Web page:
Guatemalan Kevin Cordon's parents have never seen him play badminton before " they might have to tune in on TV now that the world number 59 is in the Olympic semi-finals.
Cordon continued his fairytale run at the Tokyo Games on Saturday, beating South Korea's Heo Kwang-hee 21-13, 21-18 to move one win away from his country's second-ever Olympic medal.
"I'm still a kid, playing like a kid, having fun, trying to do my best," said the 34-year-old, who left home at 12 to pursue his Olympic dream.
"Can you believe that I'm in a semi-final right now? This feeling is just amazing."
Unseeded Heo stunned world number one Kento Momota to reach the quarter-finals, but Cordon went straight on the attack and wrapped up the first game in 17 minutes.
He crumpled to the ground in disbelief after hitting the match-winning point, then lay sobbing on the court until the result had sunk in.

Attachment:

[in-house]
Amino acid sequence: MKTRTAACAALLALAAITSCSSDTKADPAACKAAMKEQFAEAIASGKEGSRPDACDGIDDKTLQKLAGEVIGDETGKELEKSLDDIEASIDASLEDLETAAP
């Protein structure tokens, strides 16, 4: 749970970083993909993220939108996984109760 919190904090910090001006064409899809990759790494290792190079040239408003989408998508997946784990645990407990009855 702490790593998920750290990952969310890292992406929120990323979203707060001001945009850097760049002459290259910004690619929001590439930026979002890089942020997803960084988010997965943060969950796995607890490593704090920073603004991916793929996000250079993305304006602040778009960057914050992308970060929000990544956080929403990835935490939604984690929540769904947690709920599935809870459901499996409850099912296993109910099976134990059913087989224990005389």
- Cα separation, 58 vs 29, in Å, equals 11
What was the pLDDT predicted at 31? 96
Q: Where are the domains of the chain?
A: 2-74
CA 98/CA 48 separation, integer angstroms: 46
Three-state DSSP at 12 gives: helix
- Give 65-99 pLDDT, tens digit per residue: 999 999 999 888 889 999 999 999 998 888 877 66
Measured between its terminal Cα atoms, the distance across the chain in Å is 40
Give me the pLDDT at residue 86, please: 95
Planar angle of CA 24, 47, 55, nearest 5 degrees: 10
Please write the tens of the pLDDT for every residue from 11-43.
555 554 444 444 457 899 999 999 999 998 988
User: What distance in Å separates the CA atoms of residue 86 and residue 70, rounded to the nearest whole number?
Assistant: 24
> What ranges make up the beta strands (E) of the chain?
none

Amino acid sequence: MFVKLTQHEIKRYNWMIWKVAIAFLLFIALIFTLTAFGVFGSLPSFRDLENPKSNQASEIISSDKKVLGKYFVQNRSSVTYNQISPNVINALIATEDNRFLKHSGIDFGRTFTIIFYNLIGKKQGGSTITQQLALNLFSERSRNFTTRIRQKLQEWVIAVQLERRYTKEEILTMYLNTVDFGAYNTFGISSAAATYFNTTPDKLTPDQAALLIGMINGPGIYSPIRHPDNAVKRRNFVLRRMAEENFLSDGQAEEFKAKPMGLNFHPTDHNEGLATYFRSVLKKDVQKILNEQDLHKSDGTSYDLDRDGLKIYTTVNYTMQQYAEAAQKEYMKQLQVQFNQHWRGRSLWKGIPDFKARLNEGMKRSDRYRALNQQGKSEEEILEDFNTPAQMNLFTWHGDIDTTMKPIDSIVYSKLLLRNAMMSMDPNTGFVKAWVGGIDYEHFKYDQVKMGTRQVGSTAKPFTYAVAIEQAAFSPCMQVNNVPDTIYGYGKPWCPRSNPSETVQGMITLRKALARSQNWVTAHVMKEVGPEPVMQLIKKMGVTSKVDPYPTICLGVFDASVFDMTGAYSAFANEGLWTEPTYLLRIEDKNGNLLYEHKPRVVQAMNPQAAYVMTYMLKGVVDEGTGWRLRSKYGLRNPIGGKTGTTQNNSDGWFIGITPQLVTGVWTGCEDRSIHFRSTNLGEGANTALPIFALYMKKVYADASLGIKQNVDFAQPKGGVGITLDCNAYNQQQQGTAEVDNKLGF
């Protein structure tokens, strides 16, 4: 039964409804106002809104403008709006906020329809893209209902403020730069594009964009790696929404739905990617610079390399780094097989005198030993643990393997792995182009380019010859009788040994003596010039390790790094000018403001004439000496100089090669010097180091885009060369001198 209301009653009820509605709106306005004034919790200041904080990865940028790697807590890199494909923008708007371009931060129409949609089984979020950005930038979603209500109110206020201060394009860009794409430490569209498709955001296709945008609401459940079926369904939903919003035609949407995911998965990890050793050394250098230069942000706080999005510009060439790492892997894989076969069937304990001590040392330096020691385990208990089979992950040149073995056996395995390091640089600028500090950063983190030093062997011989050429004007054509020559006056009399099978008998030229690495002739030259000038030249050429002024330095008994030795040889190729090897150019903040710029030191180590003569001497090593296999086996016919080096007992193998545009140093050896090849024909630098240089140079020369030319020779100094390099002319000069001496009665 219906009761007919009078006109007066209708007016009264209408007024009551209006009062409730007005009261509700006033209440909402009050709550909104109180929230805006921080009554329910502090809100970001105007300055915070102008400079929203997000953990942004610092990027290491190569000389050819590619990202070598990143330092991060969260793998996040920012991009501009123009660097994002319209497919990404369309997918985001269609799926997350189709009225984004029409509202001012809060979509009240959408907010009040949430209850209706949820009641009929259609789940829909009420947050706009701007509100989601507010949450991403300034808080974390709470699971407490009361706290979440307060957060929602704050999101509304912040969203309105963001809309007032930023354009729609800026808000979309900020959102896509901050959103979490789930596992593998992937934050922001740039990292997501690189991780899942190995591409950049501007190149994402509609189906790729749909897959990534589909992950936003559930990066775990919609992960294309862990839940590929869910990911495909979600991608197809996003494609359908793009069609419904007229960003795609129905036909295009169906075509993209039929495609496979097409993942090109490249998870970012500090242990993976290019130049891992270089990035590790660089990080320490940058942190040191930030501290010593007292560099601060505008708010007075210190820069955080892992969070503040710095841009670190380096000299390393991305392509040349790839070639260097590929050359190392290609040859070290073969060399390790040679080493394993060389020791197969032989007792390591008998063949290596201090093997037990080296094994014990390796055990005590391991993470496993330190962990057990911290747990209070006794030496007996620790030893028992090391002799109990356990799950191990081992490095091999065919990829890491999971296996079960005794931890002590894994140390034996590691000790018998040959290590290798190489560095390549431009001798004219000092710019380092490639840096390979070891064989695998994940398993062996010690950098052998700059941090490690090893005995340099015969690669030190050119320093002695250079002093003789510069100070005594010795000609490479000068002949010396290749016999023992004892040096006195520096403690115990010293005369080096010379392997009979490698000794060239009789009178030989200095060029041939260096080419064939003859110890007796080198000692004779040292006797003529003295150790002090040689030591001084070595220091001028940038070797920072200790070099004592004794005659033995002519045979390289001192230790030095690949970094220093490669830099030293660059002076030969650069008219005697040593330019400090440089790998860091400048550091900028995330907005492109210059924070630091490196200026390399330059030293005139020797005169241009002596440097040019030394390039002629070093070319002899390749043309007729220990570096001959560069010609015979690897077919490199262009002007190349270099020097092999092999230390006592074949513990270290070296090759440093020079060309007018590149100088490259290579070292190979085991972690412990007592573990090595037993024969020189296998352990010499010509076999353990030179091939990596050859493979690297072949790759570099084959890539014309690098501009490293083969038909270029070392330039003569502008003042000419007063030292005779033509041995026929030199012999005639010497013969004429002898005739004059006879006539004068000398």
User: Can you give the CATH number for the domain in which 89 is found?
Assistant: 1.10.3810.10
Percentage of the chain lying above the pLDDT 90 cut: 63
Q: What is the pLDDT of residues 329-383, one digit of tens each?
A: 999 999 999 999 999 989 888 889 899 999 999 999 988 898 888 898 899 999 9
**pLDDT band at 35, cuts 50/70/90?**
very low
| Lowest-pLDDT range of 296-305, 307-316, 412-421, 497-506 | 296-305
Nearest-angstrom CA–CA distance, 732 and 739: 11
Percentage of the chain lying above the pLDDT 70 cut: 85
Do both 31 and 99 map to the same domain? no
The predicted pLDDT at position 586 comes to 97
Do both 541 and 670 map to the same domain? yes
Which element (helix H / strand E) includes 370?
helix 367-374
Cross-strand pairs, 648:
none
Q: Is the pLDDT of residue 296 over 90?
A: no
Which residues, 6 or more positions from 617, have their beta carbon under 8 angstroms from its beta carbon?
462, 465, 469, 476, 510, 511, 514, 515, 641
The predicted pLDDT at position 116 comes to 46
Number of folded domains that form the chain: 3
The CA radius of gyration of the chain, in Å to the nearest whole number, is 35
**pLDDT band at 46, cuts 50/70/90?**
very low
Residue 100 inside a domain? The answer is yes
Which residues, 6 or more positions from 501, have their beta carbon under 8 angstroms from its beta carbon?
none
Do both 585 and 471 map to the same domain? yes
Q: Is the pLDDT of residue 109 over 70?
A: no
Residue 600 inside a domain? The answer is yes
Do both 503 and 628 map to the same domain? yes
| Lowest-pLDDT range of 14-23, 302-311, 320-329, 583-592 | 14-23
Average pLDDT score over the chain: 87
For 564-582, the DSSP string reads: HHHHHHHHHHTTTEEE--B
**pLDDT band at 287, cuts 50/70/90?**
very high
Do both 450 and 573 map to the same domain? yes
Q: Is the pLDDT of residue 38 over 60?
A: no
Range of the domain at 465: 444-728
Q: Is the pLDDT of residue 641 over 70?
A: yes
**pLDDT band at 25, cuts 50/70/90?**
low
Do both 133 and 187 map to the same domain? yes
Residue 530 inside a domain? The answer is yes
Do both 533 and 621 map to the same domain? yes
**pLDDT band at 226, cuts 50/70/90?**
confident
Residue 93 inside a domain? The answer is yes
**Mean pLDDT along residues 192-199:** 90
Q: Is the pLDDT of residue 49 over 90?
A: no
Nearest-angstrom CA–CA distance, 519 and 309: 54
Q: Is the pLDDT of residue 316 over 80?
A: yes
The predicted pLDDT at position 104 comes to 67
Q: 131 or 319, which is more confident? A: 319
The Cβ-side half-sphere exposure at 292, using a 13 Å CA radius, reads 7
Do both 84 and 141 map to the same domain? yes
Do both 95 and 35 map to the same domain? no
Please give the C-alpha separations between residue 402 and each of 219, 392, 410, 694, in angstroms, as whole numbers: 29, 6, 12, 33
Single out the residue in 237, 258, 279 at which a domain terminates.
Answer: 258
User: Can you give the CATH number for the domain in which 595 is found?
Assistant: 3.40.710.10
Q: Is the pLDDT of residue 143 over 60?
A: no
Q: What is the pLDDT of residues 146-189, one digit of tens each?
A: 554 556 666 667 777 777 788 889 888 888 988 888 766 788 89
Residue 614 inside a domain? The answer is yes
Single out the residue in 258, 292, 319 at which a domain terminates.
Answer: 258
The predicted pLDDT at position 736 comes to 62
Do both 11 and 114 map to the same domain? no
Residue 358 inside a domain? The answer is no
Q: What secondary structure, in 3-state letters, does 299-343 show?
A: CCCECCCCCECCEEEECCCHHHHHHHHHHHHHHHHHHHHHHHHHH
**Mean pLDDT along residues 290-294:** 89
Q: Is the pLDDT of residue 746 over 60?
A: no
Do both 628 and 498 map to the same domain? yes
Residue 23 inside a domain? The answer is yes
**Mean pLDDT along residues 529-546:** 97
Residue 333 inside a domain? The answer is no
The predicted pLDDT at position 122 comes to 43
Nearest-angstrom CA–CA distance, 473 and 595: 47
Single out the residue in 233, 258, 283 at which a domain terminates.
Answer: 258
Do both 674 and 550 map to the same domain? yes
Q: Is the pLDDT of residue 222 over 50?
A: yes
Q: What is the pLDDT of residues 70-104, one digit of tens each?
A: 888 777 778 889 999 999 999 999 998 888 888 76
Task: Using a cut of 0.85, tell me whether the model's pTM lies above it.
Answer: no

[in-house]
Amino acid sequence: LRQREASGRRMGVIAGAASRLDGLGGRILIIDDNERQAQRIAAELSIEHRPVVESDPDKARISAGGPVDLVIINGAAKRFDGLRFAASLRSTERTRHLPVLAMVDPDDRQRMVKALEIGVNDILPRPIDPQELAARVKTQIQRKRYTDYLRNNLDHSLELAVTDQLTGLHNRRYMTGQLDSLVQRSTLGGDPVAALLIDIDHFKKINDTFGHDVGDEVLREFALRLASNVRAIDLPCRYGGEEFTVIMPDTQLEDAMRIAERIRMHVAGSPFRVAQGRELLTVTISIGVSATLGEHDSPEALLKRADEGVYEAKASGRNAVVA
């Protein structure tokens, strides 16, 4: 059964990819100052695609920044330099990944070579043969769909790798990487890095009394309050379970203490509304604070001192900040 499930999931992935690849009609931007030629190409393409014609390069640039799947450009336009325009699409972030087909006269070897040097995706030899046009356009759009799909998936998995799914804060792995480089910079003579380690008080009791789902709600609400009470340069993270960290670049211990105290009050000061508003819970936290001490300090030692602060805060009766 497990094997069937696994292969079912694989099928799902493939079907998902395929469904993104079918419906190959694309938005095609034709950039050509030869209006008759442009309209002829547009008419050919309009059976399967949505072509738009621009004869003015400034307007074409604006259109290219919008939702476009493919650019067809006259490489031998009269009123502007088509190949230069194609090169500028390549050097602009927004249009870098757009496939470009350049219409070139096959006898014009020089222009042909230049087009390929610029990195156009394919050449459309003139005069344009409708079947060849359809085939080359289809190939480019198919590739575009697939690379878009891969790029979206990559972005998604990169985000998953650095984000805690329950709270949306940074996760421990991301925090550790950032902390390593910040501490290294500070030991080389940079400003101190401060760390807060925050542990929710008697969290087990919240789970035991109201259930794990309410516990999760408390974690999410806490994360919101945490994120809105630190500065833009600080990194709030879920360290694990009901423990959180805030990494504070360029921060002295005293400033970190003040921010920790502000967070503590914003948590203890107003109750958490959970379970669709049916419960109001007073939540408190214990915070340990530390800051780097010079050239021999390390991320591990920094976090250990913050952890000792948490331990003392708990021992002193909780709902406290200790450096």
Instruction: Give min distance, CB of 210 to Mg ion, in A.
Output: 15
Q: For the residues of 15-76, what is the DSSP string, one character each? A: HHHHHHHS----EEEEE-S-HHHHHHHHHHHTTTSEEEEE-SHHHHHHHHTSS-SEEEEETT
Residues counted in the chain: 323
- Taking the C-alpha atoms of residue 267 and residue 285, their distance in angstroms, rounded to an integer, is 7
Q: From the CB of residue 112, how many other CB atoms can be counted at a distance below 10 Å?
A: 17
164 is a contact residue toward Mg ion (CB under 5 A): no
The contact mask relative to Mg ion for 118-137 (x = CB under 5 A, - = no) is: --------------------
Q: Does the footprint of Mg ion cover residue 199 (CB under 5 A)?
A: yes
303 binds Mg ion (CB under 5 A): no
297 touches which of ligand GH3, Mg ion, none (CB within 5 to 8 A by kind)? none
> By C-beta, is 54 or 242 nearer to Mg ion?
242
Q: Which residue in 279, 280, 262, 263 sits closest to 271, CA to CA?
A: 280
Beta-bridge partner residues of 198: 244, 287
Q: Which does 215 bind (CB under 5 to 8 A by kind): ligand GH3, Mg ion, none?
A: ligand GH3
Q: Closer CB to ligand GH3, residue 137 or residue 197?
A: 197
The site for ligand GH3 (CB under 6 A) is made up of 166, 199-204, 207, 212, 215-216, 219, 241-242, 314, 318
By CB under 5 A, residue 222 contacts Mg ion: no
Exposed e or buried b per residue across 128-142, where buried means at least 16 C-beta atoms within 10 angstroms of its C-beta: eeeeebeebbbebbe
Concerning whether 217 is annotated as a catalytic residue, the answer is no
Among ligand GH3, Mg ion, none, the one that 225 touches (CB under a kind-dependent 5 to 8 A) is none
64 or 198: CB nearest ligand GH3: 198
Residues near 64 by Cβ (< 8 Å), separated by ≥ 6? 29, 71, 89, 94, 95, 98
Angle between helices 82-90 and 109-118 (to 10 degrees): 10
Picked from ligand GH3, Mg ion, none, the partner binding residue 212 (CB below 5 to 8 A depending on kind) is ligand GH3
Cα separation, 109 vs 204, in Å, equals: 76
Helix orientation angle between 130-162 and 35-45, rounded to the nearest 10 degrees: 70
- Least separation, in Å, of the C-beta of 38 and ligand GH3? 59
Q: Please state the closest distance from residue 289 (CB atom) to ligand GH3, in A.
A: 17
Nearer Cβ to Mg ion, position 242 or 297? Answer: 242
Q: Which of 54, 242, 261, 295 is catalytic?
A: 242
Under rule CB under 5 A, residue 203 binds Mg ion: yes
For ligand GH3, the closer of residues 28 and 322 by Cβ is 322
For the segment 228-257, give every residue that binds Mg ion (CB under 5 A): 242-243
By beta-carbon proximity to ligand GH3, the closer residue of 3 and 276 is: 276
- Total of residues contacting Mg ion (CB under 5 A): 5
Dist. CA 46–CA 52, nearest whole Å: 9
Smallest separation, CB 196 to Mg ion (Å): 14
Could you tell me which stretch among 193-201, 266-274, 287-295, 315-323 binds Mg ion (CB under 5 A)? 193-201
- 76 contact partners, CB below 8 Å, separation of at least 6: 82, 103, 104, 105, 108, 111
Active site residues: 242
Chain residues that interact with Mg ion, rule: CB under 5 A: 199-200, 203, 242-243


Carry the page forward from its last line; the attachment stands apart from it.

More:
"If you compare Guatemala with any country in Europe or Asia, it won't be the same " this is our reality," he said.
"But we have one thing in common -- we are equal when you play with your heart."
Guatemala has only ever won one Olympic medal, when Erick Barrondo claimed silver in the 20-kilometre race walk at the 2012 London Games.
Cordon said people in the Central American nation are glued to his matches despite being 15 hours behind Tokyo, but his parents have yet to tune in.
"I'm 100 percent sure that they didn't watch the match," he said.
"They are quite old people. They have never seen me play in all my career. It's not because they don't love me " they get nervous. When I play, my brother watches and he tells them 'Kevin won or Kevin lost.'"
Cordon, whose father named him after English football great Kevin Keegan, will play Denmark's world number two Viktor Axelsen or China's Shi Yuqi in the semi-finals.
"It's very difficult to play with all these top players that you only watch on TV or the internet," said Cordon.
"When you train with your heart, when you train with patience, all these good things will come into your life."